• 12. Erlang syntax   Data types   If statement   Case statement   Functions   Modules   Hello World program   How Erlang works
  • 13. Data types   Number   Integer 12, 43   Float 34.3   Atoms create, remove   Binaries <<“hello”>> Erlang don’t have   Reference boolean as data   Fun type, instead Erlang   Port Identifier has true and false   Pid <0,36,0>   Tuple {1, 2, 3}   List [1, 2, 3, 4]   String “hello”   Record -record(person, {name, age, phone}).
  • 14. If statement if GuardSeq1 -> Body1; ...; GuardSeqN -> BodyN end.
  • 15. Case Statement case Expr of Pattern1 [when GuardSeq1]-> Body1; ...; PatternN [when GuardSeqN] -> BodyN end.
  • 16. Functions Clause 1 Name(Pattern11,...,Pattern1N) [when GuardSeq1] -> Body1; ...; Clause 2 Name(PatternK1,...,PatternKN) [when GuardSeqK] -> ….., BodyK. Parameters Conditions Function name Body
  • 17. Modules -module(moduleName). -export([func/0, func/1]). func() -> foo(5), …. func(A) -> foo(A), …. foo(N) -> …, …, ...
  • 18. Hello world Program Save the file as “hello_world.erl”, After -module(hello_world). compilation output will be “hello_world.beam” -export([print/0]). $ erl Eshell V 5.7.1 (abort with ^G) print() -> 1> c(hello_world). {ok, hello_world} io:format(“Hello World…!~n”). 2> hello_world:print(). Hello World…! 3>
  • 19. How Erlang works   Pattern matching technique   Var = 3.   [Var1, Var2] = [3, 4].   {Var3, _Var4, Var5} = {4, 5, a}.   [H | T] = [iti, erlang, course, book]. 1 = 1. {ok, Var} = {ok, “Connected to DB”}. √ 1 = 2. {ok, var} = {ok, “Connected to DB”}. X
  • 20. Recursion and Tail Recursion fact(0) -> fact(N) -> 1; fact_help(N, 1). fact(N) when N>0 -> N * fact(N -1). fact_help(0, Acc) -> Acc; fact_help(N, Acc) when N>0 -> NewAcc = N * Acc, fact_help(N-1, NewAcc).
  • 21. Quick Sort quicksort([]) -> % If the list [] is empty, return an empty list (nothing to sort) []; quicksort([Pivot|Rest]) -> quicksort([Front || Front <- Rest, Front < Pivot]) ++ [Pivot] ++ quicksort([Back || Back <- Rest, Back >= Pivot]).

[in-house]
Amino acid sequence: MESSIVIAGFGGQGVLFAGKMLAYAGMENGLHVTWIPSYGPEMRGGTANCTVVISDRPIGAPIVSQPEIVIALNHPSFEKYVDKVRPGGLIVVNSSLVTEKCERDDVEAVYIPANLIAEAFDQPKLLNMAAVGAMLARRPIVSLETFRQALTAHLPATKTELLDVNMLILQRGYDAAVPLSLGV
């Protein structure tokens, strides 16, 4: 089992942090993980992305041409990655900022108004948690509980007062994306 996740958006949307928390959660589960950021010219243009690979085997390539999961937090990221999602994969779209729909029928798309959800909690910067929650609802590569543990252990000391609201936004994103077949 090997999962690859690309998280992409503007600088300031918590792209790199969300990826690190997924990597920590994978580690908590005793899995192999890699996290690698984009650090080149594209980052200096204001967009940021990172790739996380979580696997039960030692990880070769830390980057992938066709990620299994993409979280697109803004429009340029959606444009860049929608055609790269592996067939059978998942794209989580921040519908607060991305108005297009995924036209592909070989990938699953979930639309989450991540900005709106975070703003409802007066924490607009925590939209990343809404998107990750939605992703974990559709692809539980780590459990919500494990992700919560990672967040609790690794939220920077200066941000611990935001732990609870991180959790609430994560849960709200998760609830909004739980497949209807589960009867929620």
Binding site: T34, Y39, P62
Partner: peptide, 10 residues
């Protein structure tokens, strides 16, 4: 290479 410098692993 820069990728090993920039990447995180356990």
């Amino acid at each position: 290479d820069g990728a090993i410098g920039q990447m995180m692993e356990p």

• 22. How to get Erlang   Erlang.org   Download   Documentation   Trapexit.org   Erlang Factory   Erlang-Consulting
  • 23. Demo   Hot Code swapping   Concurrency   Fault tolerance   Distributed application
  • 24. Hot Code swapping -module(changing_code). -export([start/0, loop/0]). % Forces the use of start() -> loop/0 from spawn(changing_code, loop, []). the latest version of loop() -> changing_code receive switch -> changing_code:loop(); hello -> io:format(“CAT Hackers ----1~n”), loop(); Msg -> io:format(“~p~n”, [Msg]), loop(), end.
  • 25. Concurrency portscan(Ip, From, To) when From < To -> io:format("Ports open for: ~p:~n", [Ip]), pforeach(fun(Port) -> scan(Ip,Port) end,lists:seq(From, To)). scan(Ip, Port) -> case gen_tcp:connect(Ip,Port,[{active, false}, binary]) of {ok,P} -> gen_tcp:close(P), io:format("~p is open~n", [Port]); _ -> ok end. pforeach(F, [H|T]) -> spawn(fun() -> F(H) end), pforeach(F, T); pforeach(_ , []) -> ok.
  • 26. Fault tolerance init([]) -> AChild= {main_module,{main_module, start_link, []}, permanent, 2000, worker, [main_module]}, {ok,{{one_for_one, 1, 60}, [AChild]}}.
  • 27. Distributed application Timeout to wait until restart application on Nodes other node [{kernel, [{distributed, [{dist_app, 5000, [‘node1@ricsson.com’, {‘node2@ricsson.com’, ‘node3@ricsson.com’}]}]}, {sync_nodes_mandatory, [‘node2@ricsson.com’, ‘node3@ricsson.com’]}, {sync_nodes_timeout, 5000} ] } ]. Specifies how many milliseconds to wait for the other nodes to start
  • 28. Conclusion   Erlang is concurrent functional programming language.   Its main goal is error recovery, fault tolerant, distributed applications, and non-stop applications.   It released to Open source since 1998.   Companies that are using Erlang.   How Erlang works.   How to get and use Erlang.
  • 29. References   Erlang.org   Trapexit.org   Programming Erlang, Joe Armstong   Wikipedia.com
  • 30. Q&A
  • 31. Thanks